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System, method and apparatus for automatic location-based silencing of wireless transceivers

Imported: 12 Feb '17 | Published: 14 Jul '15

USPTO - Utility Patents

Abstract

A wireless telecommunication system that automatically enforces a quiet mode of operation for a wireless handset comprises a cellular telecommunication network, and a wireless handset configured to transmit voice and data information to, and configured to receive voice and data information from the cellular telecommunication network. The wireless handset comprises a quiet mode controller configured to disable the wireless handset from issuing the audible notification when the wireless handset is in a designated quiet zone location.

Description

CROSS REFERENCE TO RELATED APPLICATIONS

This application is a continuation of U.S. patent application Ser. No. 12/552,121, filed Sep. 1, 2009 by Charles Cook et al. and entitled, “System, Method and Apparatus for Automatic Location-Based Silencing of Wireless Transceivers,”, which is hereby incorporated by reference in its entirety.

This application is related to U.S. patent application Ser. No. 12/552,111, filed on Sep. 1, 2009, and titled “SYSTEM, METHOD AND APPARATUS FOR AUTOMATIC SCHEDULE SILENCING OF WIRELESS TRANSMITTERS,”, which is herein incorporated by reference in its entirety.

FIELD

The present disclosure relates generally to wireless transceivers, such as cellular telephones. In particular, but not by way of limitation, the present disclosure relates to systems, methods and apparatuses for automatically transitioning into and out of a quiet mode of operation of a wireless transceiver when the transceiver is in a location where the quiet mode of operation is desirable or mandatory.

BACKGROUND

The use of wireless communication devices, such as cellular and personal communications system (PCS) telephones, pagers, personal digital assistants (PDAs), smartphones and the like has become ubiquitous. Such devices offer many advantages including the ability to establish communication at almost any location and at almost any time. Thus, wireless users can talk with friends and colleagues, receive updates on the weather or the stock market, send and receive e-mail, receive audible alarms for important events, and many other useful activities.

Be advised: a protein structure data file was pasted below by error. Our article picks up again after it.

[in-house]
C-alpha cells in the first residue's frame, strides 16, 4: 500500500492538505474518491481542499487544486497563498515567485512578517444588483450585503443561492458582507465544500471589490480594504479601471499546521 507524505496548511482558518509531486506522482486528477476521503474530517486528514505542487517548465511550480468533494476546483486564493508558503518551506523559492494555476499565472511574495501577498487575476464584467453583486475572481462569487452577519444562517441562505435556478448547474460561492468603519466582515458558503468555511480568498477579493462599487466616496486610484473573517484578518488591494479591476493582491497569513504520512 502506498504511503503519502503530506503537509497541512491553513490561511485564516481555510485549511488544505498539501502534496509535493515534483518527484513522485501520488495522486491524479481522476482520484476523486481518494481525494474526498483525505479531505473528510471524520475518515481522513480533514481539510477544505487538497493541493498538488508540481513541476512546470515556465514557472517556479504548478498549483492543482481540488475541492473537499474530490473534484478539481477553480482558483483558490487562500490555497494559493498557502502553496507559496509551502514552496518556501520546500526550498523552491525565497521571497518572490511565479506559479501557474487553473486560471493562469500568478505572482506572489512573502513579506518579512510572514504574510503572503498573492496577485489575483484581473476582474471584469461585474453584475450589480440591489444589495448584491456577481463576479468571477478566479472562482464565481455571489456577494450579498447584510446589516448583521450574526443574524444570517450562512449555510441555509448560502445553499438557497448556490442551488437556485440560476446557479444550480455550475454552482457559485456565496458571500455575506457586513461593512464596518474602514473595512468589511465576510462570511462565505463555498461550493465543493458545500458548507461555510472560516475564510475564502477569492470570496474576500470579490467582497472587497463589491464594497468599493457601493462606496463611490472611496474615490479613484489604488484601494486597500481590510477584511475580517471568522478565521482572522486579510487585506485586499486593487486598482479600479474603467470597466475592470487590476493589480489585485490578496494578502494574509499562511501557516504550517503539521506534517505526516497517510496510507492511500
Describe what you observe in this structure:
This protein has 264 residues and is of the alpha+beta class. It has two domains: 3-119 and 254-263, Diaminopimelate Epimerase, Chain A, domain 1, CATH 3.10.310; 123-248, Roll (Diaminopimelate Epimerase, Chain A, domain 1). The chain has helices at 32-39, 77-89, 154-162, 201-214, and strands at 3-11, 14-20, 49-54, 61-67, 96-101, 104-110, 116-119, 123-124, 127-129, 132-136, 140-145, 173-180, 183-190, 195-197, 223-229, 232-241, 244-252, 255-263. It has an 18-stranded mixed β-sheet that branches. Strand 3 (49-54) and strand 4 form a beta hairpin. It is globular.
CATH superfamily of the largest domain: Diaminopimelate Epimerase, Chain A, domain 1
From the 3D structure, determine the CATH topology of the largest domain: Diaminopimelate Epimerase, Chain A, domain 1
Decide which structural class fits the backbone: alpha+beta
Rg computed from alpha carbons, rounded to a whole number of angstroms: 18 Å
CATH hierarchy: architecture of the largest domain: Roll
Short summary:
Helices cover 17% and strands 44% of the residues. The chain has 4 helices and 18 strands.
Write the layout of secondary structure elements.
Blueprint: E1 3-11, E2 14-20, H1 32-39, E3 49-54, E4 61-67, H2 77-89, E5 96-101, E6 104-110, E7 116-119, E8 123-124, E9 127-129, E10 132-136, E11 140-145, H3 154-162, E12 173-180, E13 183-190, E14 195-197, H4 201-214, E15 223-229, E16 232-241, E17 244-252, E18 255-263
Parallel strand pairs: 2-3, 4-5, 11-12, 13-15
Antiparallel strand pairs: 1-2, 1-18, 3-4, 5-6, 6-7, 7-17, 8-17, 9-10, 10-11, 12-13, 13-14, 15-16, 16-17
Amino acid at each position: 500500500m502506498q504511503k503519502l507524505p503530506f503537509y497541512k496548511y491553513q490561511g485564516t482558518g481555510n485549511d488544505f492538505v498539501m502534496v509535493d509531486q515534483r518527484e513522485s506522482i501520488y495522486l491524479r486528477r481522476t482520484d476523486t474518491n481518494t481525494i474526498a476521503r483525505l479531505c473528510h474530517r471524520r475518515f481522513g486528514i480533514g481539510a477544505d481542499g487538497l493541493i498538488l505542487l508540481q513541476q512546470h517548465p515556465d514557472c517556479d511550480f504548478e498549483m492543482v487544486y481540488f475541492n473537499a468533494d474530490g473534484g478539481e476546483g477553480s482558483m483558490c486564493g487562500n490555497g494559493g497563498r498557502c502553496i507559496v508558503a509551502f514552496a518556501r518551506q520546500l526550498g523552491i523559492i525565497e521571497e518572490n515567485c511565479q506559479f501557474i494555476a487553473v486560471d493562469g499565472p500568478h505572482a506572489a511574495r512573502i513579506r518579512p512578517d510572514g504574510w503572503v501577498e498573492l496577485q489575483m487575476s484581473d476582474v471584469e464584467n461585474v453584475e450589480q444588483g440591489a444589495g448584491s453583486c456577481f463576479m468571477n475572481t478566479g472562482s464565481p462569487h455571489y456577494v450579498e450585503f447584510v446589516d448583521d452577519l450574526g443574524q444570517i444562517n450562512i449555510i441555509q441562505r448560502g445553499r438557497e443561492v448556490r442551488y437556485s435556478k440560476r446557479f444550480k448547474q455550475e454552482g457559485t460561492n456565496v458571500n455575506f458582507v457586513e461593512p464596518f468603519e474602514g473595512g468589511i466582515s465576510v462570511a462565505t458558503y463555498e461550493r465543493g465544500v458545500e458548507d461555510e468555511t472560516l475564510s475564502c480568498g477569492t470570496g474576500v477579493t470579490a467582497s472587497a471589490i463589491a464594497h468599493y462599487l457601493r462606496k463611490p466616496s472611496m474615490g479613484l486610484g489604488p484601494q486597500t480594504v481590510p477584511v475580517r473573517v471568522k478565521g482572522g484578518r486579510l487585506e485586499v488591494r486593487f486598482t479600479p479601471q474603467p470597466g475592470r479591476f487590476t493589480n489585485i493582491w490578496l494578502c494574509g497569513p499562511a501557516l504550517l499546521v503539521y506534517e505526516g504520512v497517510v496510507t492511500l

While wireless communication brings many benefits, there are occasionally some drawbacks. The ringing of a wireless telephone is an unwanted event at public settings such as performances, meetings, movies, plays, lectures, concerts, religious services and the like. Portable wireless devices may create a distraction to learning in schools. Operation of a wireless handset may create a hazardous distraction to vehicle operators. Operation of various wireless devices may also interfere with the safe operation of commercial aircraft and life-supporting medical equipment. Often users of wireless handsets forget to turn off, silence or otherwise modify the notification capabilities of their wireless handsets when in circumstances where such actions are appropriate or mandated by law.

SUMMARY

Illustrative embodiments are shown in the drawings and summarized below. These and other embodiments are more fully described in the Detailed Description section. It is to be understood, however, that there is no intention to limit the scope of the claims to the embodiments and examples described in this Summary or in the Detailed Description. One skilled in the art can recognize that there are numerous modifications, equivalents, and alternative constructions that fall within the spirit and scope of this disclosure as expressed in the claims.